opinions, sides and small penises
today was a strange day.
It started off with a discussion on life, identity, labels and selling-out. The MA students had a talk with Khalil Chishty as he showed his work and talked about his artistic journey. You can see his complete works and profile at his website www.khalilchishtee.com
While some of things were a 100% spot on with me – such as the market dictating the success of an artist, and the investors making sure their investments in art would be secure not only for now, but for a long time to come, by promoting their selected artists – I did not agree with his opinion on discarding all aspects of identity in order to free oneself of contempt of others. I just don’t think it’s so black and white. I told him so too. Sure I agree that highlighting differences have been the root of countless conflicts, but differences also make us who we are and can be beautiful too. Such as languages, foods, cultures, clothes.
Like Khalil Chishty, I do know that I also don’t want to be identified as one kind of an –ism artist . And yes my work is not specifically about being a woman and a Muslim and a Pakistani. But these things have made my personality and it’s what makes me different. Whether I accept it or not. Like Mizna, an MA student said, differences make us unique.
I felt torn on another discussion that stemmed from casting off labels. While I also feel that miniature painting is perhaps the most used and abused art form from this country, I felt it was unfair of him to discard miniature art as an exotic art that sells internationally, and hence the sole reason for its practice, and has no other creative aspect to it. Unintentionally or otherwise, that opinion discards all miniature students as potential opportunists. I feel, what miniature art has come to symbolize today in the commercial art market should in no way demean its status as an art form.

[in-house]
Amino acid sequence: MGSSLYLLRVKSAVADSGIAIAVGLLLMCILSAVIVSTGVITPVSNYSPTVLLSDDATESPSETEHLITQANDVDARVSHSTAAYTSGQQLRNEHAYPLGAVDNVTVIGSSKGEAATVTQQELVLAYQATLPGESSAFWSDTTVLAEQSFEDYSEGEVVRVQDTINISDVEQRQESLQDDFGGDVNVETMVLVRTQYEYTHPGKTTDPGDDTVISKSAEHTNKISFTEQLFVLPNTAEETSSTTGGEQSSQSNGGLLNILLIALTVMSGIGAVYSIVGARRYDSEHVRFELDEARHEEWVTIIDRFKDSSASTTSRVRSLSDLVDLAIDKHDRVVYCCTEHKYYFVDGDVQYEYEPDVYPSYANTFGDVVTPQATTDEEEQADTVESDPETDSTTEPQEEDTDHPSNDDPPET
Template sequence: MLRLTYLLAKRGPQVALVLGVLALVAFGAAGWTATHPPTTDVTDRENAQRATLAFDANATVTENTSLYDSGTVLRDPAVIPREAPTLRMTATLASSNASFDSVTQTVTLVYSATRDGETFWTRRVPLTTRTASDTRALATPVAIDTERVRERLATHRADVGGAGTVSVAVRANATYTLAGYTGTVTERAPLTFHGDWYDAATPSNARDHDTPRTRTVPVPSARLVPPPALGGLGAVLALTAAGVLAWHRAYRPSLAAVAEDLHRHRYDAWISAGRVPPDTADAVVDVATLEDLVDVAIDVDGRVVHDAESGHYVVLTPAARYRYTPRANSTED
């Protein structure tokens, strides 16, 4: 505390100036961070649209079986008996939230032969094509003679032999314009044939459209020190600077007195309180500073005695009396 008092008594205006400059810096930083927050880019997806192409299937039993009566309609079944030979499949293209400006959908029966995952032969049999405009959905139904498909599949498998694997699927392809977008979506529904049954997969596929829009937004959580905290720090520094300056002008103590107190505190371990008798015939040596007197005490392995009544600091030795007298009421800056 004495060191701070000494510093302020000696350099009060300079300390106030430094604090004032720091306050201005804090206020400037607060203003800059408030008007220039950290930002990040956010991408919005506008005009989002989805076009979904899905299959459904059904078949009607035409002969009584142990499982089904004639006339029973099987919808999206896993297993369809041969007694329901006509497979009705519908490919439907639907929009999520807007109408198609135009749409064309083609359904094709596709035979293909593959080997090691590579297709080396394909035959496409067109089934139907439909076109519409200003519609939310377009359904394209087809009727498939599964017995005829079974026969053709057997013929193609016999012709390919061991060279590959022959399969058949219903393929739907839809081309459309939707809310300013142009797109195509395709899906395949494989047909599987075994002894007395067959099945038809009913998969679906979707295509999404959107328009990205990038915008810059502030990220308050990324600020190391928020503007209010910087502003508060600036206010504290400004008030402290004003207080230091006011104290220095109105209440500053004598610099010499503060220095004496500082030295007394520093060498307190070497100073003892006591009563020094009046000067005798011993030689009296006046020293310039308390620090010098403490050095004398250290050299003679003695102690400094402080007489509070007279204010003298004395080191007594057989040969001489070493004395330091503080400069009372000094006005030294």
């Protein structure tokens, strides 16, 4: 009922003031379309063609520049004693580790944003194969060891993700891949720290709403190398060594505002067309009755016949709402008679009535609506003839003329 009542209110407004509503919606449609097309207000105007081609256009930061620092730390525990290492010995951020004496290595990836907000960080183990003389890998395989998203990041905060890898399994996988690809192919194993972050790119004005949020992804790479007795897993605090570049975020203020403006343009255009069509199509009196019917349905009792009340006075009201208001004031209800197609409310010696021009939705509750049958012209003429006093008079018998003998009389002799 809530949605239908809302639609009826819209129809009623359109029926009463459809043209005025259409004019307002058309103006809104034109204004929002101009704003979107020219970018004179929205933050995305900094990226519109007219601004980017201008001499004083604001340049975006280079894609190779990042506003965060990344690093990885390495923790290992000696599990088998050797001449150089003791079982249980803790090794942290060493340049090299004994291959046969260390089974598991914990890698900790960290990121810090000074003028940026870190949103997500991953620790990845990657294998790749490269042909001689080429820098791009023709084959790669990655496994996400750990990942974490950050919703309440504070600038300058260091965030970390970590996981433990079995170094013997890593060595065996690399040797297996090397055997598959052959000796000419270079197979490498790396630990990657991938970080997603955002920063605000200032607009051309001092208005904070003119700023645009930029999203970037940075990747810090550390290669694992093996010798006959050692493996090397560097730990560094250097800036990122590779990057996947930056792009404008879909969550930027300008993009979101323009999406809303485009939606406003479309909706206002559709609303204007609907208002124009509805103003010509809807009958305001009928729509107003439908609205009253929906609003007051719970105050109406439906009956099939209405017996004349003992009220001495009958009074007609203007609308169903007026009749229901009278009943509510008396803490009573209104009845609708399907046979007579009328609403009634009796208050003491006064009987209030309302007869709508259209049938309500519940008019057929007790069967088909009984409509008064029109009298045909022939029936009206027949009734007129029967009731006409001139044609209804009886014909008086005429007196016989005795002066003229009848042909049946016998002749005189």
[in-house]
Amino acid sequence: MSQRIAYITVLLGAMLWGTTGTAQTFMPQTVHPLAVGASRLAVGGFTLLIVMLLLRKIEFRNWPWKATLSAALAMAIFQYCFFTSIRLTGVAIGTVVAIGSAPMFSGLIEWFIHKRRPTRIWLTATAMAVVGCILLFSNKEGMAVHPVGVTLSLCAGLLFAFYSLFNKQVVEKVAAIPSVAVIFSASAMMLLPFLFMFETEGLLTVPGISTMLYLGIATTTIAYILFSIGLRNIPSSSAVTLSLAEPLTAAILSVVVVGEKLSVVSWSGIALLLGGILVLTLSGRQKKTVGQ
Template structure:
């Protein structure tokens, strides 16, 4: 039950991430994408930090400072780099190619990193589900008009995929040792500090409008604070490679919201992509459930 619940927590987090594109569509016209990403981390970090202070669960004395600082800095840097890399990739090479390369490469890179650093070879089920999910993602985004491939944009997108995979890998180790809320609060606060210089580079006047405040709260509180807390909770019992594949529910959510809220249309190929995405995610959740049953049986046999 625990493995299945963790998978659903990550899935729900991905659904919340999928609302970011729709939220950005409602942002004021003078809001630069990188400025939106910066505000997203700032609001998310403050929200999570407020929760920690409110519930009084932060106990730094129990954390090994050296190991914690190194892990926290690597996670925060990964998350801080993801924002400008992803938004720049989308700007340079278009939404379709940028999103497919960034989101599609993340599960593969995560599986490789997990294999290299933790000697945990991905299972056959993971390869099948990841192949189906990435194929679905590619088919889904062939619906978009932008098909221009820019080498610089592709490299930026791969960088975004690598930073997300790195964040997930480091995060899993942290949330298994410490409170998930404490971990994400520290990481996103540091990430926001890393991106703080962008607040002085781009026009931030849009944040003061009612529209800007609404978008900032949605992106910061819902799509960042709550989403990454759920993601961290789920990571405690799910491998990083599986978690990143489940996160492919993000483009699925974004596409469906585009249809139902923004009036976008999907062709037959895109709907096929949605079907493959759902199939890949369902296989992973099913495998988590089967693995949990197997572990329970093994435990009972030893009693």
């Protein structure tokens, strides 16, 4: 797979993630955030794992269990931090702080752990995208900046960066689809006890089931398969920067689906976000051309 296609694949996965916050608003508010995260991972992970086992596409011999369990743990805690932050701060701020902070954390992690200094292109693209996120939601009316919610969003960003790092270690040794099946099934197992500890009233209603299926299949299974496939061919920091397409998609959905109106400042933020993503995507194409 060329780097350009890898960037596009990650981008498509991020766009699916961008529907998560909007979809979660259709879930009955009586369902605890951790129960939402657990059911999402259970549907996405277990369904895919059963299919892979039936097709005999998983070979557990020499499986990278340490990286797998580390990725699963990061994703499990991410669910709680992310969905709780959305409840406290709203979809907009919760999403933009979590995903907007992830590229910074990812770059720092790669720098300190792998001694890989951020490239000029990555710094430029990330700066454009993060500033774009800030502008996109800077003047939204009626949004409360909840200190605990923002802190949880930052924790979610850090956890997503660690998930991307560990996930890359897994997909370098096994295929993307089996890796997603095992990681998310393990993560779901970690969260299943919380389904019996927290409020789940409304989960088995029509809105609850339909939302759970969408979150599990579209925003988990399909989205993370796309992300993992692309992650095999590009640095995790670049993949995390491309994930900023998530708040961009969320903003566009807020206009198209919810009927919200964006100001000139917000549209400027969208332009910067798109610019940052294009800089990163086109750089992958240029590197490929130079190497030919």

More and more of our artists are stuck in this rut of removing labels. I don’t question an artist’s reasons. They decide things based on what makes sense to them. And art should allow that freedom. But how does one de-label-ize oneself. (I don’t even know if that’s a term!). Shouldn’t we first look at who applies the labels? Just because the west’s Orientalist eye looks at our art forms as ‘exotic’, do we necessarily reject that in pursuit of the contemporary?
Last year, after a fantastic talk between Huma Mulji and the MA students – in which we saw most of her work and artistic development – the session unfortunately ended on a surprisingly very condescending note (for me) with Huma declaring that miniature art is done by people stuck in the past and who can’t embrace the present and the future.
This perhaps is ironically exactly like those who reject contemporary art practices. For instance, Bashir Sahab walking into our studio and squinting at my text works and saying: kuch kaam bhi keriya ker kadhi. Or Asif Sahab (the previous HOD Fine Arts) refusing to mark our 3rd yr experimental contemporary art assignments (in 2003) because he didn’t consider such work to be Art.
All these judgments by educators of art makes my head spin. Must I take sides? Must I choose what kind of art I like/want to practice? Must I adhere to guidelines?
On a different note: The day ended with me getting stuck on the mall road for 2 hours in a traffic jam. It’s happened countless times before in the years that I have been driving/or being driven on the mall road – mostly because of VIP movement or protests. Today, though, it was a display of complete and utter assholishness on the part of impatient people who break lines, lights, rules and common civic sense.
At the end of the day, I realize that Brazilian public service advertisements have it right when they say bad driving and display of aggression and macho-ism on the roads is a sign of inferiority due to a small penis. There I said it. Small penis. Again.